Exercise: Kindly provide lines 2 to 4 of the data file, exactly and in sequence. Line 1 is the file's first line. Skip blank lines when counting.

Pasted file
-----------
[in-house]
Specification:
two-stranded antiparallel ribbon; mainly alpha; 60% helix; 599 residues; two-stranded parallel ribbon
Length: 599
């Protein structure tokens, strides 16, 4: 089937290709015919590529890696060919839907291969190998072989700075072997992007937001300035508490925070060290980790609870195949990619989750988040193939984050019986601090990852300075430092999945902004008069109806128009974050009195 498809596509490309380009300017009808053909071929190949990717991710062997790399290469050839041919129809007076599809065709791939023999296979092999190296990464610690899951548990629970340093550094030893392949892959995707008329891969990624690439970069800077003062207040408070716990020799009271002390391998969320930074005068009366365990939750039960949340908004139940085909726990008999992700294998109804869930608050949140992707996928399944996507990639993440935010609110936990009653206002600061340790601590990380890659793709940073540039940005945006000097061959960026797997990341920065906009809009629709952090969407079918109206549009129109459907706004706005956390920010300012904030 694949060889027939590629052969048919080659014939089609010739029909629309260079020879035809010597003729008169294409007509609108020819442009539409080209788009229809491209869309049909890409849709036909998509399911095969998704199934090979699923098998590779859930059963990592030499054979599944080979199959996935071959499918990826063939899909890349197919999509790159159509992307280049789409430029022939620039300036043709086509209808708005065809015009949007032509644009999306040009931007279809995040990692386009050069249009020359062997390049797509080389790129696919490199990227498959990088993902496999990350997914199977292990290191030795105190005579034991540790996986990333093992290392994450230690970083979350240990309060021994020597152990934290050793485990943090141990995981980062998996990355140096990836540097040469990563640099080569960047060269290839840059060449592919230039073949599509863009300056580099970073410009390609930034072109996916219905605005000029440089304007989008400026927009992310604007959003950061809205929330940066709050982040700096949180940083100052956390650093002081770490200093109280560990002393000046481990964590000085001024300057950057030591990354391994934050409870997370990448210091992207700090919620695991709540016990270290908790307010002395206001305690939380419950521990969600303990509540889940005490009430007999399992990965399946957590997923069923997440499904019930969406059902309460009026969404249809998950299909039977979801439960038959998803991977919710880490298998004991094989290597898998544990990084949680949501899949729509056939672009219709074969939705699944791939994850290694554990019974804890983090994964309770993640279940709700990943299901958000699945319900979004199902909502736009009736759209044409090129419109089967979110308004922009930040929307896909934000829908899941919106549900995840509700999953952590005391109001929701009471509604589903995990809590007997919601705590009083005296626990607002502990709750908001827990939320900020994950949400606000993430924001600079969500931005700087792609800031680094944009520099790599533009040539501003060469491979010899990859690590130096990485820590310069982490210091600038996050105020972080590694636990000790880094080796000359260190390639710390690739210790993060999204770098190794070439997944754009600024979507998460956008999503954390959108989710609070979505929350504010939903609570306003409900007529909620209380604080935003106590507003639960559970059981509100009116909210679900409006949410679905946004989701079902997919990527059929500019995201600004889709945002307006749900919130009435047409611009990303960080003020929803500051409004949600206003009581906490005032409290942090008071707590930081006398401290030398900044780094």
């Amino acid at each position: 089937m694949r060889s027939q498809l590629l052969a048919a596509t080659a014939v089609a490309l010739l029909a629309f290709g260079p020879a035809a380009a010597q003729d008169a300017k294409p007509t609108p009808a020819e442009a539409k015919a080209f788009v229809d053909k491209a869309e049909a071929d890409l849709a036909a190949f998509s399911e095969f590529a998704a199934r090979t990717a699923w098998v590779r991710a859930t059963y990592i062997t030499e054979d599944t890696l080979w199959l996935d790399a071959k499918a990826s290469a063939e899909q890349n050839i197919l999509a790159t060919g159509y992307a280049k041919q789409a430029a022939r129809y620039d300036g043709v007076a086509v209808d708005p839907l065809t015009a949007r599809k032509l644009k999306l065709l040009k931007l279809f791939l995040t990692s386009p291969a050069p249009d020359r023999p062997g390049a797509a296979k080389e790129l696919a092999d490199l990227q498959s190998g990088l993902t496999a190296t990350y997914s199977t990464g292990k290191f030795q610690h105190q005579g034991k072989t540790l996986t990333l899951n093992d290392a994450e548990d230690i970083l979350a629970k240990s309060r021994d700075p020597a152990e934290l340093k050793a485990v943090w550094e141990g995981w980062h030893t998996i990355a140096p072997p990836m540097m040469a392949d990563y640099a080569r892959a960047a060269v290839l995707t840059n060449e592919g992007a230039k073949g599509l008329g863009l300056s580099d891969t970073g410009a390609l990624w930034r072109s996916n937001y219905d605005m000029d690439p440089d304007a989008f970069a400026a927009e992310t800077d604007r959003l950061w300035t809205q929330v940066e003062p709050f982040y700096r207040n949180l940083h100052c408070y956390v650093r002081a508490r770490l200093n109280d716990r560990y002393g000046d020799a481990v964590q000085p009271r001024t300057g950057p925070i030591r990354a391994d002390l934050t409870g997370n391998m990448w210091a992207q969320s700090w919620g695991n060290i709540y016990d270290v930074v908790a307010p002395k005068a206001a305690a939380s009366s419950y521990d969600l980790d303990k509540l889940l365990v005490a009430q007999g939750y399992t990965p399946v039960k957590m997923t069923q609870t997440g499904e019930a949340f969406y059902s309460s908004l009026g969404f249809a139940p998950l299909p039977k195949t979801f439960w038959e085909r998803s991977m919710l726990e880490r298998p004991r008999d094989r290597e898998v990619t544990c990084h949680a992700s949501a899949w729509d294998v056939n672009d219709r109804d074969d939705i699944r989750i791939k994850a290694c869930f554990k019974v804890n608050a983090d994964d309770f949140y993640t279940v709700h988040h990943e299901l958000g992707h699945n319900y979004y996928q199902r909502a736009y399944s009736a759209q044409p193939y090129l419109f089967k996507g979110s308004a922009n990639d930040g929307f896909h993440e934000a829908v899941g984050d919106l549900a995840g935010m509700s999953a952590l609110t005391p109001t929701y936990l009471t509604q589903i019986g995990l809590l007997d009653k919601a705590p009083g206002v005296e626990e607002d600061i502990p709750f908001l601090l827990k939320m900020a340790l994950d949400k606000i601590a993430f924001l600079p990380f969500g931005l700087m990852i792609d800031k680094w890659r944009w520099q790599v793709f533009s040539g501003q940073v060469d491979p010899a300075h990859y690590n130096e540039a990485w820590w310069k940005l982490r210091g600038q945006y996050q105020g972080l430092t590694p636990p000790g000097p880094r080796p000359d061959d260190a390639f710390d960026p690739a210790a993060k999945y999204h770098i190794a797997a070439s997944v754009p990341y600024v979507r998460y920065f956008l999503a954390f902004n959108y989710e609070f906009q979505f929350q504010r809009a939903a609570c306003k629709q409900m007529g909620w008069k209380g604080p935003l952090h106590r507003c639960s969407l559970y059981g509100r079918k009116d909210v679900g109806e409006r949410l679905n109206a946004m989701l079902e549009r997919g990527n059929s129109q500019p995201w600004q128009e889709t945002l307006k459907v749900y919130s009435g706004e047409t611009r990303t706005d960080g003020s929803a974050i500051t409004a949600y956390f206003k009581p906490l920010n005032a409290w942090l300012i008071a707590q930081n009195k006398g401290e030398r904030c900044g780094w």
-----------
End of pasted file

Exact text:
Specification:
two-stranded antiparallel ribbon; mainly alpha; 60% helix; 599 residues; two-stranded parallel ribbon
Length: 599